Right now I’m near the end of #3 and I am ready for a break.

    I’m going to keep and apply resources I’ve learned from you Leslie. Thank you.

    Next week I’m starting Walking in CORE strength

  4. Kristi on March 7, 2024 at 9:32 am

    I hope and pray that all your readers take the advice given TO HEART. I know from experience what you could get if you don’t have full disclosure. (And that means A LOT MORE than what they’ve told you happened!) I would add one more thing: if the man gets miffed if you ask kindly for any kind of proof about anything (instead of taking their word for the reason they’ve not been going to church, or why his kids rarely/never speak to him, why he’s behind on his own bills, the status of relationships with women at work who constantly call/text), then take a huge step back, pivot and run. If you are blamed for “having trust issues and making him pay for it,” pivot and run. If you uncover lies or a lot of half-truths, and you get tears turned on and his, “Would *I* lie to you?” or other guilt-inducing statements, smile, back up, turn and run. THESE THINGS DON’T CHANGE AND DON’T GET BETTER, BUT OH, THEY GET WORSE. They are God-given signs that you are being given to make an informed choice. And even if you’re engaged or the wedding looms, you are NOT married. When you want more time to think, and you’re told what an unsubmissive person you are, remember that until you tie the knot, you are NOT married to this guy, and you do NOT have to submit. Please go with your gut (or your grown kids’ legitimate concerns). Waiting will reveal so much. All of the above would have saved me decades of misery.

    • Amy Cline on March 7, 2024 at 10:26 am

      Also, when you DO tie the knot, husbands and wives are to submit TO EACH OTHER. That is not a one-way street.

  5. Rebecca on March 7, 2024 at 10:46 am

    Yes!!!! All of this!!!! I was in a long distance courtship and definitely got swept up in the romance…problem was, nobody in my life tried to tell me any of these things!!! It was all cloaked in a “God brought us together” way, and I know several other people who have the “whirlwind courtship” story that ended up working out well for them. (At least from the outside, and from what they share!) But the “if two people really love Jesus, and keep Him first, then everything else will fall into place” idea is a bunch of hogwash. It takes a lot of work, and compatibility, and shared values! I definitely experienced the results of someone being able to be/act however you need them to for a short period (weekend, week, etc), especially when that is *all* each of you have going on. But when you throw in daily life, the grind of work and how you cope and recharge after a long day of work, how you communicate about problems, how set in your ways you each are, it can change a LOT! If I could go back in a Time Machine, I would tell younger me to RUN! Or to slow down, be more intentional and curious, seek advice from people who truly know him, and decide if you could have a healthy relationship with him the way he is right now. How does he deal with your “no”, or differences of opinion and perspective? I never really tested that, and discovered it didn’t go well. How does he receive feedback? How willing is he to compromise, listen to you, and self-reflect? Thank you, Leslie, for your words of wisdom! I believe this article should be posted on ALL dating apps!!! So much wisdom and truth.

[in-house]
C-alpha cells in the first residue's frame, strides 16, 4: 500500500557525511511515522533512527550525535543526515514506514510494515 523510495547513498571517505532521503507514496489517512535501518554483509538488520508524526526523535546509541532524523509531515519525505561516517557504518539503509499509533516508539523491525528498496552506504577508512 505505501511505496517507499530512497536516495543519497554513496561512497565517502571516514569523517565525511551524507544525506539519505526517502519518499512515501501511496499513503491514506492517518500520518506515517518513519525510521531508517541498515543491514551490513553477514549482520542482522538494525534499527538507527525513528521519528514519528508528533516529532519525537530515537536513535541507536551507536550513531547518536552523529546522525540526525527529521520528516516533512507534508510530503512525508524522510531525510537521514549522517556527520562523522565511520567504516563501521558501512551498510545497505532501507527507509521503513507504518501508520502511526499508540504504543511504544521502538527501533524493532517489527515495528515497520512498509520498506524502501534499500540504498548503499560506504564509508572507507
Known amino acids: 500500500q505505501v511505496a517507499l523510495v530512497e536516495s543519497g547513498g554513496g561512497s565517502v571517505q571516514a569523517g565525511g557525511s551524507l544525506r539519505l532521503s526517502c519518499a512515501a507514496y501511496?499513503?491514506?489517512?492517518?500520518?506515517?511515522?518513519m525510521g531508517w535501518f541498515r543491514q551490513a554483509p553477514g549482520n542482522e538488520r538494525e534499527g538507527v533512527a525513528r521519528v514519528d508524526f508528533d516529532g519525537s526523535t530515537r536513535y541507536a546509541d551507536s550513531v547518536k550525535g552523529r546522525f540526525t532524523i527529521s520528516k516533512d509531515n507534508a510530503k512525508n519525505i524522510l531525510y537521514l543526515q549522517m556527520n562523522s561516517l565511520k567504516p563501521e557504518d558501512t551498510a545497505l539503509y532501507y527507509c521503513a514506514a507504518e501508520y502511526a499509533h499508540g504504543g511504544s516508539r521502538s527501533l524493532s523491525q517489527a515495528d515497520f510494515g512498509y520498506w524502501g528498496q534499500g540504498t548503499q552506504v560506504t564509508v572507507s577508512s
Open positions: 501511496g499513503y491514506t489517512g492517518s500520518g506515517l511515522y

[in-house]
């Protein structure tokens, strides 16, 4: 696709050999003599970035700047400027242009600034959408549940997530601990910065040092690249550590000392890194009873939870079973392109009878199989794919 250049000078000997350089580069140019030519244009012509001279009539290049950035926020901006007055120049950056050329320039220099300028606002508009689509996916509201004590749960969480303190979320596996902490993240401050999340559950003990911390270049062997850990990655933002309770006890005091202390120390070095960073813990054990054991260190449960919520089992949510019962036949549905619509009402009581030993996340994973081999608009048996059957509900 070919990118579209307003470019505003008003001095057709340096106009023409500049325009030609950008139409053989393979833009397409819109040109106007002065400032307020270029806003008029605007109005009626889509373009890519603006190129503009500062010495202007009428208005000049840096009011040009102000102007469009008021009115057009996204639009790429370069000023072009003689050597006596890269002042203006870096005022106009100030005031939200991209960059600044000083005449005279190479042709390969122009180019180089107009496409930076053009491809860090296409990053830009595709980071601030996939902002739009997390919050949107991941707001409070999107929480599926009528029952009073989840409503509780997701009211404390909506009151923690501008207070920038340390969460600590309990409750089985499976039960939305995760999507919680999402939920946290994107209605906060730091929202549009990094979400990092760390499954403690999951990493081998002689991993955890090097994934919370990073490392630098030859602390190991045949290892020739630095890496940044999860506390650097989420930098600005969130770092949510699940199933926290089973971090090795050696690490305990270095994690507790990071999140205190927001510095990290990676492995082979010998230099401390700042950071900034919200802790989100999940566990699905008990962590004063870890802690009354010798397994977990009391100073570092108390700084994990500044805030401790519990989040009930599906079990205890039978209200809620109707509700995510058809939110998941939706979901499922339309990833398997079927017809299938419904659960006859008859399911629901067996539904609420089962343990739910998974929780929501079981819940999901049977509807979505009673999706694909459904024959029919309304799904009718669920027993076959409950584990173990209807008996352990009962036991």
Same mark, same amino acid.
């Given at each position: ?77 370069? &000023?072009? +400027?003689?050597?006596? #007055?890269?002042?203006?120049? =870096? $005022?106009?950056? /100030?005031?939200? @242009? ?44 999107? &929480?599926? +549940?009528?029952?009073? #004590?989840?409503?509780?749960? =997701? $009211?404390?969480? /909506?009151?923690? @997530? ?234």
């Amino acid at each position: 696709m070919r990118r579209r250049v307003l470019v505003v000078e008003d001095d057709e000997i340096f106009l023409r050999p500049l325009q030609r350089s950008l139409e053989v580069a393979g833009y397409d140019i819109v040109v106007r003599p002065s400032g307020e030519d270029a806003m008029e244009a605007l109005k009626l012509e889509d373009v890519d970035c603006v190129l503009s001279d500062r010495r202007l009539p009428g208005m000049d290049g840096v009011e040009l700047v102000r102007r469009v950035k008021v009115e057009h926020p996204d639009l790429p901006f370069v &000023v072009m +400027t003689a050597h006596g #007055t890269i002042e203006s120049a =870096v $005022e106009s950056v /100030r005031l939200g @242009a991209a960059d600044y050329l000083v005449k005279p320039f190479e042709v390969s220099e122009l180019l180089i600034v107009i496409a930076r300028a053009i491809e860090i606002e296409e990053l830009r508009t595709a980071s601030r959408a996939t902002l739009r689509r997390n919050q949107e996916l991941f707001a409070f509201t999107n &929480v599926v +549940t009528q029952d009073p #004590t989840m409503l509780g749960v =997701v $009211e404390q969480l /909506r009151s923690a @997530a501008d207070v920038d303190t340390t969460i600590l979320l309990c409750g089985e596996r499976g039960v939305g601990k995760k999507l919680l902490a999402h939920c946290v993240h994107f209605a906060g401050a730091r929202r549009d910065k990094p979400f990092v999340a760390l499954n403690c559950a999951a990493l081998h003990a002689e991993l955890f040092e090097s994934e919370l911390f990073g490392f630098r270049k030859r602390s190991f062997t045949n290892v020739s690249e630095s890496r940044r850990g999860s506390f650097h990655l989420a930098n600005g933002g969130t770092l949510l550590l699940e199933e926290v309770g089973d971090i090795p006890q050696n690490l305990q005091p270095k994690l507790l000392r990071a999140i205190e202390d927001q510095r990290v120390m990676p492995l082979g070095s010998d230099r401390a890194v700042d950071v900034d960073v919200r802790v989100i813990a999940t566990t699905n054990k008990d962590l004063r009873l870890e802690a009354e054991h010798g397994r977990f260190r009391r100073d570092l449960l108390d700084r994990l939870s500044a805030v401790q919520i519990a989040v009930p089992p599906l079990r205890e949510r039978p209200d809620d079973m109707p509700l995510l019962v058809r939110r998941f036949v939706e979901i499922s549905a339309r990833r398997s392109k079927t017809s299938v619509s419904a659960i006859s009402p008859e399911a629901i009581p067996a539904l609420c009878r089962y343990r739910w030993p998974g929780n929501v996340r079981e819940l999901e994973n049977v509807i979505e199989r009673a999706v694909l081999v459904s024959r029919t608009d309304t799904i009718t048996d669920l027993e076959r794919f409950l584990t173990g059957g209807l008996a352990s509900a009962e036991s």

6. Suzanne Birch on March 7, 2024 at 3:48 pm

    Fantastic advice. I’m pruning this and saving it for such time I’m smitten with someone (if ever, it’s been 7 yrs and I won’t even date…but that’s another story)!
    Thank you for your wise, objective counsel on this and all matters related to thriving after surviving a destructive relationship. Prayers for you in Korea.

    • Suzanne Birch on March 7, 2024 at 3:49 pm

      *printing not pruning

  7. Angel on March 7, 2024 at 5:51 pm

    Back ground check, get to know the WHOLE family, and Pre-Nup!!! Bonus Tip: try to talk to the ex-wife!!!!

  8. Leslie C. on March 7, 2024 at 6:41 pm

    Love this! “Less romantic and more pragmatic.” Does he pay alimony to his ex-wife resentfully as well?? Leslie you nailed it!!